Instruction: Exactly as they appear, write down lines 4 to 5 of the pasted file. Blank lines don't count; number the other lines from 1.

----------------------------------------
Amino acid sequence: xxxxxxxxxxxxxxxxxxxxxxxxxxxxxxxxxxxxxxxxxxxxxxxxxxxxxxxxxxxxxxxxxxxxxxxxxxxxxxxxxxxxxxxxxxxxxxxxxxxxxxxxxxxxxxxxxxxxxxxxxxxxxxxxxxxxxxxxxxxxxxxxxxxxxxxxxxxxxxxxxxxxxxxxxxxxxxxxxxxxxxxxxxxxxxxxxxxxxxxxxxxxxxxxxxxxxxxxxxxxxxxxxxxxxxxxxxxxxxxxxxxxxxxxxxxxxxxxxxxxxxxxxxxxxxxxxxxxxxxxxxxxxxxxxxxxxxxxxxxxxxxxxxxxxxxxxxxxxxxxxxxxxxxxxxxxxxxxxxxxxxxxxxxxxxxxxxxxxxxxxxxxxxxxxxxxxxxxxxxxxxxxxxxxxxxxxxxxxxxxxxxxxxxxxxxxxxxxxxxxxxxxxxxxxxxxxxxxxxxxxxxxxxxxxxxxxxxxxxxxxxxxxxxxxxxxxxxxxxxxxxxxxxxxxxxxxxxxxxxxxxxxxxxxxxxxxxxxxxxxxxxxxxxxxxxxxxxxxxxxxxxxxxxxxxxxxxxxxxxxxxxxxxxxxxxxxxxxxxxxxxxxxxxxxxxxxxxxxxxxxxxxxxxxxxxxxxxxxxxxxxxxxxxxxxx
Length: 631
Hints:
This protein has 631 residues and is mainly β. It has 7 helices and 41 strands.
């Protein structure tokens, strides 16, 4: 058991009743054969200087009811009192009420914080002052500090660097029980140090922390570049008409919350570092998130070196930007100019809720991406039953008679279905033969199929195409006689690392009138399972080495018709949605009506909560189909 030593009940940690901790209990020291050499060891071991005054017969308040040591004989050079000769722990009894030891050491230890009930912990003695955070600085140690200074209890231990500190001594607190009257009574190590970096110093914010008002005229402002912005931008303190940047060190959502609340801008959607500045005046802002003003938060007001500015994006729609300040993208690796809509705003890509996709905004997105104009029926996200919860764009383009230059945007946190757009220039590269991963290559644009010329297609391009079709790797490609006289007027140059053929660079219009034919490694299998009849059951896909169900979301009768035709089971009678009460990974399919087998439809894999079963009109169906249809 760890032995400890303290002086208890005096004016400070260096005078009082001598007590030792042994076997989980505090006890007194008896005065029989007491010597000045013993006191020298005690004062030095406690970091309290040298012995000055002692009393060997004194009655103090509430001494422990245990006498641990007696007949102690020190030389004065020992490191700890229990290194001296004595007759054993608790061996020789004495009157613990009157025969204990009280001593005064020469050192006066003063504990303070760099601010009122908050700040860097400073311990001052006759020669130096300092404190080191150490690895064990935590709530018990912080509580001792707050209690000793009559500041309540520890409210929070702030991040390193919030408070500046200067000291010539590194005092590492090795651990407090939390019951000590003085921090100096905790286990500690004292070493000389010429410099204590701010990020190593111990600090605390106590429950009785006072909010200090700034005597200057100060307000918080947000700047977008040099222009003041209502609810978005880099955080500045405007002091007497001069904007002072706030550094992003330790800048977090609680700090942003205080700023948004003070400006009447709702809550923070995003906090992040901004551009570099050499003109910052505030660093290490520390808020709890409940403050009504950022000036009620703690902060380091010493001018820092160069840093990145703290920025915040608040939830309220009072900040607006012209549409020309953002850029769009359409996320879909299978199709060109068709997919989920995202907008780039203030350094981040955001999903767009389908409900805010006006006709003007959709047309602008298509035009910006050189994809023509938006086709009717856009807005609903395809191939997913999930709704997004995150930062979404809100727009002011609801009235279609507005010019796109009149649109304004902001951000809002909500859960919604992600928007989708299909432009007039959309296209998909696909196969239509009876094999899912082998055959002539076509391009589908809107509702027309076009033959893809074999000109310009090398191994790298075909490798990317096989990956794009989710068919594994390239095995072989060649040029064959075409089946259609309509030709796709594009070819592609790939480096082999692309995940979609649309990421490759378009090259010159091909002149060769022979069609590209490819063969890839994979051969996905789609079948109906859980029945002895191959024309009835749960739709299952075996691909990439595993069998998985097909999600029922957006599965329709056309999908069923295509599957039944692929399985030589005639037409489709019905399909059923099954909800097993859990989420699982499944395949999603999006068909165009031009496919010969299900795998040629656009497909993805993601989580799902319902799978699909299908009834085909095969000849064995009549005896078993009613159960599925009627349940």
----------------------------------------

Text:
This protein has 631 residues and is mainly β. It has 7 helices and 41 strands.
């Protein structure tokens, strides 16, 4: 058991009743054969200087009811009192009420914080002052500090660097029980140090922390570049008409919350570092998130070196930007100019809720991406039953008679279905033969199929195409006689690392009138399972080495018709949605009506909560189909 030593009940940690901790209990020291050499060891071991005054017969308040040591004989050079000769722990009894030891050491230890009930912990003695955070600085140690200074209890231990500190001594607190009257009574190590970096110093914010008002005229402002912005931008303190940047060190959502609340801008959607500045005046802002003003938060007001500015994006729609300040993208690796809509705003890509996709905004997105104009029926996200919860764009383009230059945007946190757009220039590269991963290559644009010329297609391009079709790797490609006289007027140059053929660079219009034919490694299998009849059951896909169900979301009768035709089971009678009460990974399919087998439809894999079963009109169906249809 760890032995400890303290002086208890005096004016400070260096005078009082001598007590030792042994076997989980505090006890007194008896005065029989007491010597000045013993006191020298005690004062030095406690970091309290040298012995000055002692009393060997004194009655103090509430001494422990245990006498641990007696007949102690020190030389004065020992490191700890229990290194001296004595007759054993608790061996020789004495009157613990009157025969204990009280001593005064020469050192006066003063504990303070760099601010009122908050700040860097400073311990001052006759020669130096300092404190080191150490690895064990935590709530018990912080509580001792707050209690000793009559500041309540520890409210929070702030991040390193919030408070500046200067000291010539590194005092590492090795651990407090939390019951000590003085921090100096905790286990500690004292070493000389010429410099204590701010990020190593111990600090605390106590429950009785006072909010200090700034005597200057100060307000918080947000700047977008040099222009003041209502609810978005880099955080500045405007002091007497001069904007002072706030550094992003330790800048977090609680700090942003205080700023948004003070400006009447709702809550923070995003906090992040901004551009570099050499003109910052505030660093290490520390808020709890409940403050009504950022000036009620703690902060380091010493001018820092160069840093990145703290920025915040608040939830309220009072900040607006012209549409020309953002850029769009359409996320879909299978199709060109068709997919989920995202907008780039203030350094981040955001999903767009389908409900805010006006006709003007959709047309602008298509035009910006050189994809023509938006086709009717856009807005609903395809191939997913999930709704997004995150930062979404809100727009002011609801009235279609507005010019796109009149649109304004902001951000809002909500859960919604992600928007989708299909432009007039959309296209998909696909196969239509009876094999899912082998055959002539076509391009589908809107509702027309076009033959893809074999000109310009090398191994790298075909490798990317096989990956794009989710068919594994390239095995072989060649040029064959075409089946259609309509030709796709594009070819592609790939480096082999692309995940979609649309990421490759378009090259010159091909002149060769022979069609590209490819063969890839994979051969996905789609079948109906859980029945002895191959024309009835749960739709299952075996691909990439595993069998998985097909999600029922957006599965329709056309999908069923295509599957039944692929399985030589005639037409489709019905399909059923099954909800097993859990989420699982499944395949999603999006068909165009031009496919010969299900795998040629656009497909993805993601989580799902319902799978699909299908009834085909095969000849064995009549005896078993009613159960599925009627349940």